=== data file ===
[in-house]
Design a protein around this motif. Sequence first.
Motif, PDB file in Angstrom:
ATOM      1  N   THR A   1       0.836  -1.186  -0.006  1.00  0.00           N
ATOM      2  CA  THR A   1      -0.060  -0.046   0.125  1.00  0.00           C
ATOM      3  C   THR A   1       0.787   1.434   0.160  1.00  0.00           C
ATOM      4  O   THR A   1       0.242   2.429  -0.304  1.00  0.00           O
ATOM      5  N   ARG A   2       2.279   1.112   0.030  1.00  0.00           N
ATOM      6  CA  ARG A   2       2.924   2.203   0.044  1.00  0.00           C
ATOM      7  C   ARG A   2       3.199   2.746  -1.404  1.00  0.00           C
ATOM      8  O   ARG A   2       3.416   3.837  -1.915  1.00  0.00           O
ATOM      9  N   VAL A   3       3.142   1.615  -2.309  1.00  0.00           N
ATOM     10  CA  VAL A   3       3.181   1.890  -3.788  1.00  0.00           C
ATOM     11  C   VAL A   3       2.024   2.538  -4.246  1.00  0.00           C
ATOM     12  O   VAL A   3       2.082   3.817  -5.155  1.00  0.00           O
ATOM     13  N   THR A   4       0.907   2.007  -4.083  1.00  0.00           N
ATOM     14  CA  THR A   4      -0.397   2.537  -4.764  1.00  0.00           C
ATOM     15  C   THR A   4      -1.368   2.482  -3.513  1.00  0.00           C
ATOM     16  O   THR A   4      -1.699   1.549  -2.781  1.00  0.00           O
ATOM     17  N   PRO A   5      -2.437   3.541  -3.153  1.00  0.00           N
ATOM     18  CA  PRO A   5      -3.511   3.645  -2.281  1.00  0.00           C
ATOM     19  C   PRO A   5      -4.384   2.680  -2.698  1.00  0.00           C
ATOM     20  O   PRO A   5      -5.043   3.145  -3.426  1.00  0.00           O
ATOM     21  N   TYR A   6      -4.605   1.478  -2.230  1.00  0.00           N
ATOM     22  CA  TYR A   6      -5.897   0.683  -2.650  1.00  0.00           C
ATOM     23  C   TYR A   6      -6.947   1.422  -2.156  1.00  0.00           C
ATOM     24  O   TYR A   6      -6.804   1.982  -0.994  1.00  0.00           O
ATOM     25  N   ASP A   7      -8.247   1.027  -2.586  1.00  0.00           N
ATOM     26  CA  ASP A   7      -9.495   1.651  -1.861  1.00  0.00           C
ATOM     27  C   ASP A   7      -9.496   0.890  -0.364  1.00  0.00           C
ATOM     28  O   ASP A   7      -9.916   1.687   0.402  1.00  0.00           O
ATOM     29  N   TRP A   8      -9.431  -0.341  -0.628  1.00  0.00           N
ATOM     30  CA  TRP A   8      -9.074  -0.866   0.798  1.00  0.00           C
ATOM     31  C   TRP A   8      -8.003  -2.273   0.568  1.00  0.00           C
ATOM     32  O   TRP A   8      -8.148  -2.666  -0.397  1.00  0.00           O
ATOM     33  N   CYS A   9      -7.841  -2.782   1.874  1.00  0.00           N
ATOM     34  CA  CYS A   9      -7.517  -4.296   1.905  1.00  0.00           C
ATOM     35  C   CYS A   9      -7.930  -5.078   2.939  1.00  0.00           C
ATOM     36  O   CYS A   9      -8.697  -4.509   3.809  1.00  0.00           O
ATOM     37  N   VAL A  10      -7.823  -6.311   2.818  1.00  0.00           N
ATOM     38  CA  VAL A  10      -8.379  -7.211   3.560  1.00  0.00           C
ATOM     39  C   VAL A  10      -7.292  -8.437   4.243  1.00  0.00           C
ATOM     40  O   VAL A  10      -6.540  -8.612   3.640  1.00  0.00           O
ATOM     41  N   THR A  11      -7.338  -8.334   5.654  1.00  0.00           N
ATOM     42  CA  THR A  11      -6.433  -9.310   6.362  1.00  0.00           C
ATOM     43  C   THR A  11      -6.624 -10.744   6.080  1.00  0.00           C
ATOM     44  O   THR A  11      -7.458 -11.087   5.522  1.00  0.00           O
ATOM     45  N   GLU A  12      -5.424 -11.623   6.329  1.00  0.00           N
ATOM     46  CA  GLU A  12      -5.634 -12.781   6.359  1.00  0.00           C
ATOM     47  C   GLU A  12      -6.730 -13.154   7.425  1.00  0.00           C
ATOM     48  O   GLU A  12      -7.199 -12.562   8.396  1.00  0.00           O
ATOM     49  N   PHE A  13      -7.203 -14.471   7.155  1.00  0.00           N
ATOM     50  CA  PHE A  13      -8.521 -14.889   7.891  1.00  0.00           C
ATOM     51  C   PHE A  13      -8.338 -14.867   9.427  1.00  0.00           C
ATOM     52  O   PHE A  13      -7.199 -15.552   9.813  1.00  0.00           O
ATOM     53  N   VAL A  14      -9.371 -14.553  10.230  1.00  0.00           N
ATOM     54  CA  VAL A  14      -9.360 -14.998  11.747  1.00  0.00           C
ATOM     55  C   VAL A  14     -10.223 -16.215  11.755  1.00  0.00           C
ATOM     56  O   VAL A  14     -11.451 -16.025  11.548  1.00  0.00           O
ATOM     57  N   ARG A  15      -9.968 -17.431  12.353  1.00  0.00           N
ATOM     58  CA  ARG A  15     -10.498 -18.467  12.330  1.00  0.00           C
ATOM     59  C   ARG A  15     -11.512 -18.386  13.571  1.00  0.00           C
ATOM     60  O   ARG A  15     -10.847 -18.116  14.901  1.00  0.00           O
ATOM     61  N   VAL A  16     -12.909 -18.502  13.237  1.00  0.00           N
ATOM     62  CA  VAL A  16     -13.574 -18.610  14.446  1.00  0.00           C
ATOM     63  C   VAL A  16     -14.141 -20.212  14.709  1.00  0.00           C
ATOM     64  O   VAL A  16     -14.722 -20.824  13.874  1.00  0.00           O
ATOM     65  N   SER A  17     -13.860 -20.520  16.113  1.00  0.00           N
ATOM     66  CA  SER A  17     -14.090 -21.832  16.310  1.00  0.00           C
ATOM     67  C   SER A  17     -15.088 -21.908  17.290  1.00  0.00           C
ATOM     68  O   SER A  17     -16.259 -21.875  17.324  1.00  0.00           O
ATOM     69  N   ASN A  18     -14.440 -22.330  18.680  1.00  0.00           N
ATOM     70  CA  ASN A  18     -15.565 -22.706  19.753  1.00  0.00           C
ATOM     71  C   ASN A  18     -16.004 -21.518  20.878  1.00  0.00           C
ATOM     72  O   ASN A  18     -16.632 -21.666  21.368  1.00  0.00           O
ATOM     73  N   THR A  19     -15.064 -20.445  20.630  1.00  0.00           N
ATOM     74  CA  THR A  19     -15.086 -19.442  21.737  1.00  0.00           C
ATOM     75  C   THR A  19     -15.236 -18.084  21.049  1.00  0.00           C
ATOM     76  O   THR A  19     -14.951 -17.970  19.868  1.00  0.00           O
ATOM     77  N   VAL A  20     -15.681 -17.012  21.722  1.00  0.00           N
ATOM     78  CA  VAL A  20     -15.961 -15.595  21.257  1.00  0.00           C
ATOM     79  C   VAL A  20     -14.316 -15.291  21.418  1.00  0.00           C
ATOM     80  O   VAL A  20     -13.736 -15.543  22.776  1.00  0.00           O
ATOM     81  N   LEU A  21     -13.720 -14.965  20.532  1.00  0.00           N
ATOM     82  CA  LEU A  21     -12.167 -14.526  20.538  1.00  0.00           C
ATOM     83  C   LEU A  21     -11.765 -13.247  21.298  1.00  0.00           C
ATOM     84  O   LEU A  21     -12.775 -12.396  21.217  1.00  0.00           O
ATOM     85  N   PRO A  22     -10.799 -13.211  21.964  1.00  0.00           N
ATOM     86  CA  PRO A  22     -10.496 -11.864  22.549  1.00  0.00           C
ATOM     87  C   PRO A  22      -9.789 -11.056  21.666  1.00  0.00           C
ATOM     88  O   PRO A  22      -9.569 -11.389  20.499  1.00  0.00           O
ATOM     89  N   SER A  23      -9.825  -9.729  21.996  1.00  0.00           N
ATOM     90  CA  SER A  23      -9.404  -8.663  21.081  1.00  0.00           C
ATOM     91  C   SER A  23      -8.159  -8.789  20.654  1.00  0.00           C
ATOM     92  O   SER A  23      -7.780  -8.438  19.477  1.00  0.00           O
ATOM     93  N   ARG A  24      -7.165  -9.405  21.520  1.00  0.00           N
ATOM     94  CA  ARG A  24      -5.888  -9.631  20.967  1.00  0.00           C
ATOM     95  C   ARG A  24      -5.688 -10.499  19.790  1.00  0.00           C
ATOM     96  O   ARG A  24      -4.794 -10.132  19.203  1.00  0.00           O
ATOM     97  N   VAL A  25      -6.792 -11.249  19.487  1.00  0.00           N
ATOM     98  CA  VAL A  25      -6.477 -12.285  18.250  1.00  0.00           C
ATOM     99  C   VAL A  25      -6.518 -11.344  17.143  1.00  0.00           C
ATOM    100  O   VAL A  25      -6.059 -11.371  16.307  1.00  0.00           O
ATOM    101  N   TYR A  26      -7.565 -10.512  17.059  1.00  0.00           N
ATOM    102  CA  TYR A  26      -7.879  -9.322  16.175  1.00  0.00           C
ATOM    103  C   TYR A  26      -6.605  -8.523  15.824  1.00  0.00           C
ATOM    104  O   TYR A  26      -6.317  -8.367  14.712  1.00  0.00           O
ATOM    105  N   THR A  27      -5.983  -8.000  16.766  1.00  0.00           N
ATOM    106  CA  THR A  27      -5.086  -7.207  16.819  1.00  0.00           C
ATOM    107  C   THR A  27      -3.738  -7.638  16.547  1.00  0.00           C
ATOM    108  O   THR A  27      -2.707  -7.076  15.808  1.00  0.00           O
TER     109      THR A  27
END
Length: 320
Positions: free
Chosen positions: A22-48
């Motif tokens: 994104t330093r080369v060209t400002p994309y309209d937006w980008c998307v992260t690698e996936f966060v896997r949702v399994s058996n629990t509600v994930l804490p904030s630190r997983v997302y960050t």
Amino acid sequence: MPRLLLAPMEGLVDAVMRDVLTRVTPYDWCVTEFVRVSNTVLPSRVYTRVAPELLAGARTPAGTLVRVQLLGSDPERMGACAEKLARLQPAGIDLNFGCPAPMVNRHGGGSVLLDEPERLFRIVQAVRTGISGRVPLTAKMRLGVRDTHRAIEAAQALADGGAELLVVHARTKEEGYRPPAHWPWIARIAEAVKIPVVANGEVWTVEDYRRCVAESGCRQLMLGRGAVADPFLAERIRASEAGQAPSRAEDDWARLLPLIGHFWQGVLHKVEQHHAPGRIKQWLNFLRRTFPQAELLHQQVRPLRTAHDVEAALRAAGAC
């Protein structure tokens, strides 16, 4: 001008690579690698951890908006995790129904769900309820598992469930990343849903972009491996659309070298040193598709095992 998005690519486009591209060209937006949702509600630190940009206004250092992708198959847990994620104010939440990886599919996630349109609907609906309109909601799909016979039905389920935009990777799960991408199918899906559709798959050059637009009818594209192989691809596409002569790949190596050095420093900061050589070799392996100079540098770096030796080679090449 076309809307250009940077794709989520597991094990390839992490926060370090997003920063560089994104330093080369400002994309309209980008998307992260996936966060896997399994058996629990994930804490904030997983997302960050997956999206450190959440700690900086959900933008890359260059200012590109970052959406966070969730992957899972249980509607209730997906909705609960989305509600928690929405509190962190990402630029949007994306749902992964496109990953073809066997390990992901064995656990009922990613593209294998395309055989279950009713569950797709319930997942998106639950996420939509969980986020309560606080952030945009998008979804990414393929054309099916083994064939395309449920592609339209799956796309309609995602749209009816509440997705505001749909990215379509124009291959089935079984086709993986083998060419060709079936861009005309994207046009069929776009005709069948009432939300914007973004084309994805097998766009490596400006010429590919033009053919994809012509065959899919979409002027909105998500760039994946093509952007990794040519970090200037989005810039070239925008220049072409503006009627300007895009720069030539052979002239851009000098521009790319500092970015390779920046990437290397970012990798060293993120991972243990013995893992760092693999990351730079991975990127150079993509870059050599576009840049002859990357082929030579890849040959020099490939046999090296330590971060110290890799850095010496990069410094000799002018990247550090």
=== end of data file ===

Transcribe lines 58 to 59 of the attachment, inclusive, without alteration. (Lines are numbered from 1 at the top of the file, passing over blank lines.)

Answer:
ATOM     55  C   VAL A  14     -10.223 -16.215  11.755  1.00  0.00           C
ATOM     56  O   VAL A  14     -11.451 -16.025  11.548  1.00  0.00           O